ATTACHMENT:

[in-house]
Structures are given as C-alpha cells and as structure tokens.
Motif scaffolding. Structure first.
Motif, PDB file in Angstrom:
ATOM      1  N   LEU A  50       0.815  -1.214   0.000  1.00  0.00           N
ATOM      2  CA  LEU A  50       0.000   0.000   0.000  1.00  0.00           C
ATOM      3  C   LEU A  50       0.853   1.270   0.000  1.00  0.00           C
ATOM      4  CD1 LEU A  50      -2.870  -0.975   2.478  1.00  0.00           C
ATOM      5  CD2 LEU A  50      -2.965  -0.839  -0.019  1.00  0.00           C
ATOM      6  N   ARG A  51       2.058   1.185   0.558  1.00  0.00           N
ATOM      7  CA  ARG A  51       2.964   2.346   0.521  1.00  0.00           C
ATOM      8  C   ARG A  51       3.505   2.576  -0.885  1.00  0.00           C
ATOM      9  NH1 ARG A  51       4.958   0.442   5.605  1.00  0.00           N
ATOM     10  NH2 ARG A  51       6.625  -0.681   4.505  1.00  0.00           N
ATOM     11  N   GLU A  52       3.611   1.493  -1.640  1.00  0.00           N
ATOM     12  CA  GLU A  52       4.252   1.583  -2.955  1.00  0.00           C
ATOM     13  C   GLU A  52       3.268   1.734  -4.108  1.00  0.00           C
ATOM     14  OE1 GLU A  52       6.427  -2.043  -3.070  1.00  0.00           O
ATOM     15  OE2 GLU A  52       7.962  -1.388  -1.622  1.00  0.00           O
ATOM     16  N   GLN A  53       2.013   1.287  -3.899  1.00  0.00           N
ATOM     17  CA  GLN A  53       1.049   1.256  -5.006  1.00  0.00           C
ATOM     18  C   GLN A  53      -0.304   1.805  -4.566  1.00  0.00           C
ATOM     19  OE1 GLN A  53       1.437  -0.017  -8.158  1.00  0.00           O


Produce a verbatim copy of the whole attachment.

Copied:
[in-house]
Structures are given as C-alpha cells and as structure tokens.
Motif scaffolding. Structure first.
Motif, PDB file in Angstrom:
ATOM      1  N   LEU A  50       0.815  -1.214   0.000  1.00  0.00           N
ATOM      2  CA  LEU A  50       0.000   0.000   0.000  1.00  0.00           C
ATOM      3  C   LEU A  50       0.853   1.270   0.000  1.00  0.00           C
ATOM      4  CD1 LEU A  50      -2.870  -0.975   2.478  1.00  0.00           C
ATOM      5  CD2 LEU A  50      -2.965  -0.839  -0.019  1.00  0.00           C
ATOM      6  N   ARG A  51       2.058   1.185   0.558  1.00  0.00           N
ATOM      7  CA  ARG A  51       2.964   2.346   0.521  1.00  0.00           C
ATOM      8  C   ARG A  51       3.505   2.576  -0.885  1.00  0.00           C
ATOM      9  NH1 ARG A  51       4.958   0.442   5.605  1.00  0.00           N
ATOM     10  NH2 ARG A  51       6.625  -0.681   4.505  1.00  0.00           N
ATOM     11  N   GLU A  52       3.611   1.493  -1.640  1.00  0.00           N
ATOM     12  CA  GLU A  52       4.252   1.583  -2.955  1.00  0.00           C
ATOM     13  C   GLU A  52       3.268   1.734  -4.108  1.00  0.00           C
ATOM     14  OE1 GLU A  52       6.427  -2.043  -3.070  1.00  0.00           O
ATOM     15  OE2 GLU A  52       7.962  -1.388  -1.622  1.00  0.00           O
ATOM     16  N   GLN A  53       2.013   1.287  -3.899  1.00  0.00           N
ATOM     17  CA  GLN A  53       1.049   1.256  -5.006  1.00  0.00           C
ATOM     18  C   GLN A  53      -0.304   1.805  -4.566  1.00  0.00           C
ATOM     19  OE1 GLN A  53       1.437  -0.017  -8.158  1.00  0.00           O